Newton Class Starship
MSCV Empiricist
Elliptical Orbit
8 AUS from Luyten’s Star
February 2219

“You ready for this Jean?” Ivy asked her subordinate. They were seated in a small communications booth off of the bridge. It had taken nearly another week of semi-automated database queries between the two parties before they felt confident they were ready to start a real conversation.

The small chamber featured a desk, a chair, and wallscreens on four walls. Jean sat nervously in the chair while Ivy leaned against the closed door.

Jean nodded somewhat nervously. “Let’s do this.”

Ivy took a breath and accessed the room controls through her implant HUD, flipping the recording systems into a high fidelity capture mode. Jean sat up a bit straighter as a red light blinked on in the corner of her own HUD.

“Greetings from Sol. My name is Jean Paolini, I have been selected to represent humanity during this initial dialogue. We have a lot to talk about, and we’re still trying to get an understanding of the information you have presented us with. In your initial message to our vessel, you asked what we are doing here. We came to this place in the vessel we now pilot as peaceful explorers. We seek to learn about the wider universe we find ourselves in, and after our encounter with each other, we know we have much to learn. We would be honored to be the recipients of any knowledge you see fit to grace us with.”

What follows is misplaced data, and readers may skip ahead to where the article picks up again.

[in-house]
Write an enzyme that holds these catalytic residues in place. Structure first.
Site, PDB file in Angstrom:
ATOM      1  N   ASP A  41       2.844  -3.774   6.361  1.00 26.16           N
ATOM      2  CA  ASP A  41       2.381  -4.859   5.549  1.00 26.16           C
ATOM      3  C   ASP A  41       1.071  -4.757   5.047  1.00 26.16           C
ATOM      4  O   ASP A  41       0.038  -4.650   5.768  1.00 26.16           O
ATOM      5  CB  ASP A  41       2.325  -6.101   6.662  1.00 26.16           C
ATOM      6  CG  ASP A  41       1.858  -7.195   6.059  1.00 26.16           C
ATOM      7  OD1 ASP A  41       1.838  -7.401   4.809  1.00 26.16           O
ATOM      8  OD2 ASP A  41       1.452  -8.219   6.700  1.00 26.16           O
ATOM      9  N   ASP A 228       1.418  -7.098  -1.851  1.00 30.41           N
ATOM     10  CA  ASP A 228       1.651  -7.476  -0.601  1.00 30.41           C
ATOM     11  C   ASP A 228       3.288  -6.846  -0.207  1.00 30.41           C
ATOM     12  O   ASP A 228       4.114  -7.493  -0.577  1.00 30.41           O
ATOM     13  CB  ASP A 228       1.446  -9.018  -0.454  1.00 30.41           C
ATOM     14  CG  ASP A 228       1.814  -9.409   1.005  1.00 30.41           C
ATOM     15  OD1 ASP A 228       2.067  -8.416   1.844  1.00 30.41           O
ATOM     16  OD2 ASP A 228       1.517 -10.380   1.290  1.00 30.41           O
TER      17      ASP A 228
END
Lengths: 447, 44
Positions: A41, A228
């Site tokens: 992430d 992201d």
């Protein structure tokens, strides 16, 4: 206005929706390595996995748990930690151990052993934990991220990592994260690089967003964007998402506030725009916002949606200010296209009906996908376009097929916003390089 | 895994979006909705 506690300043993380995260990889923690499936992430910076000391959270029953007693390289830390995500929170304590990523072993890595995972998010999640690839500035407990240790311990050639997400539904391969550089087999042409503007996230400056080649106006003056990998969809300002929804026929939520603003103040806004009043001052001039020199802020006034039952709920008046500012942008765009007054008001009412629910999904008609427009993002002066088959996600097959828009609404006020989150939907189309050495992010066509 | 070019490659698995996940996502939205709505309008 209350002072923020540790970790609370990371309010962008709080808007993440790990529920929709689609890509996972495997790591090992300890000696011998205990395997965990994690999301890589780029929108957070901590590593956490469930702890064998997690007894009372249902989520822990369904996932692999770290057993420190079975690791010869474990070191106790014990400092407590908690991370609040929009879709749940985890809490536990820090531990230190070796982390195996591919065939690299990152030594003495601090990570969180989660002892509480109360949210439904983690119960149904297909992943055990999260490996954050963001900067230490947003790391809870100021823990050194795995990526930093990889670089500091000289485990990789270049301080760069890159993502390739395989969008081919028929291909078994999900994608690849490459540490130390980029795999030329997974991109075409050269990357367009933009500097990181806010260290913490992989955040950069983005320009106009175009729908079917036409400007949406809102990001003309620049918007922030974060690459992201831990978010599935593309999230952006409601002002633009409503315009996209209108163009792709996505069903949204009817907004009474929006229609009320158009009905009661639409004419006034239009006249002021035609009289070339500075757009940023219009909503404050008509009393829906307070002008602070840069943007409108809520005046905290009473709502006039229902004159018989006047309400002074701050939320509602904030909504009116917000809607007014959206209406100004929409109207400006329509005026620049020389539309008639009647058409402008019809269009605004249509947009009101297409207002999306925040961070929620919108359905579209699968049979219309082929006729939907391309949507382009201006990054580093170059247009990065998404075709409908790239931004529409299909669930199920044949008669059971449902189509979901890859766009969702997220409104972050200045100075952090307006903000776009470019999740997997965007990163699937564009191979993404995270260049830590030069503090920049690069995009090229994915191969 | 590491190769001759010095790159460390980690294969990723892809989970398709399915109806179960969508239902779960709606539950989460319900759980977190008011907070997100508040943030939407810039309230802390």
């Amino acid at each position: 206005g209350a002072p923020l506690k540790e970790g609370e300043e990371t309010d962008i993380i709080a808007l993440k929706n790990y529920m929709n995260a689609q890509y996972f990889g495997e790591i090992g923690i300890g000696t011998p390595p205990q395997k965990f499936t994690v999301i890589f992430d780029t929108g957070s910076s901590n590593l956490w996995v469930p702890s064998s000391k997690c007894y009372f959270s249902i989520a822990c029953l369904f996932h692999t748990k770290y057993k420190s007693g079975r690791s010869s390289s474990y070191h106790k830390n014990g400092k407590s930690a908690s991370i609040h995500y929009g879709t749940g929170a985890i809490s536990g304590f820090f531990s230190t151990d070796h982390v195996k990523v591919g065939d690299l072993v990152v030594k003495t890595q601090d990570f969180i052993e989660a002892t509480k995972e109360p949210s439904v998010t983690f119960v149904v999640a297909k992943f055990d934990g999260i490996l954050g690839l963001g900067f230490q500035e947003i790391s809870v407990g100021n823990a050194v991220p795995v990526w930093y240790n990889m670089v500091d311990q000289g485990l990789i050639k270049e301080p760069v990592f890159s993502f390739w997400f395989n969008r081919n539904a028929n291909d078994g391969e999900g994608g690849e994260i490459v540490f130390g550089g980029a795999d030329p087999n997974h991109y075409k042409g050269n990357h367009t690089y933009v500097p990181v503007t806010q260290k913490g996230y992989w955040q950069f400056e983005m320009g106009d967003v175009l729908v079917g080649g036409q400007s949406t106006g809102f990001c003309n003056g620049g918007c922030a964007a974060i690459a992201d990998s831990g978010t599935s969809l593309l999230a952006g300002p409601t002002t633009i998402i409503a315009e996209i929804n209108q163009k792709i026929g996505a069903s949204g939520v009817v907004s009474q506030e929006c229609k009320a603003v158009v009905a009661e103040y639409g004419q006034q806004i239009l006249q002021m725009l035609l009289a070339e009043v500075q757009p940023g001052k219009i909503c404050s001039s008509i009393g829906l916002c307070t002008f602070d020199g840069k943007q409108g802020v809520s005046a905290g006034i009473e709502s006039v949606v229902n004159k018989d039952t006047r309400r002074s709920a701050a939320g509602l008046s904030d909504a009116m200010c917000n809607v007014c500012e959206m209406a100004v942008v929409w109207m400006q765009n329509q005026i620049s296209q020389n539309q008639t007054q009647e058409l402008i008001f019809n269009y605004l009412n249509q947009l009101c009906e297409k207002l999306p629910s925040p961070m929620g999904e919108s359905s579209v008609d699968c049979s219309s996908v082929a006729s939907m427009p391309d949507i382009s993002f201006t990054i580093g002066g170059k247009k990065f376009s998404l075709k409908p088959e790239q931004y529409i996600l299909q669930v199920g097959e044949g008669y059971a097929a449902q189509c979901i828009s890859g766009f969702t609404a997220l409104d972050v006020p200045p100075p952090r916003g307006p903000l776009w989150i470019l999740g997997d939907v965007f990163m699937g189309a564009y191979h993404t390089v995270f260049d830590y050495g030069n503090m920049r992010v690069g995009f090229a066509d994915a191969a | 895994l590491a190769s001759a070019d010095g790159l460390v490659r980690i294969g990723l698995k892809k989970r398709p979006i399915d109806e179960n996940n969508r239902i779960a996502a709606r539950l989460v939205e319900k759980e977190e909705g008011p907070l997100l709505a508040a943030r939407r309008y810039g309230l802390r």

Jean made a gesture with her hand and then waited patiently for the red light to go off before deflating, her shoulders slumping and head falling softly against the glass-topped desk.

Ivy gently clapped the younger woman on the shoulder. “You did good Jean. Now we just wait two hours for them to respond.”

“You know we could cut down on the signal delay by moving closer right, Ivy?” Jean asked her. “All this waiting is gonna to make me really anxious.”

“Yeah me too,” Ivy answered truthfully. “But I don’t want to move us closer until we have backup. Just in case.”

“How long until that happens?” Jean asked her as she stood up and stretched her arms and legs.

“About 20 days if they left immediately upon receiving the courier drone,” Ivy answered her as she opened the door. “Come on, let’s go get coffee, sitting in here worrying about what they say next won’t change anything.”

Jean sighed and slowly pushed herself to her feet. “Alright.”


Fabrique Intersolar Deep Space Station
FI-ISCU Pioneer
Elliptical Orbit
30,000 kilometers from Aldebaran b, Aldebaran
February 2219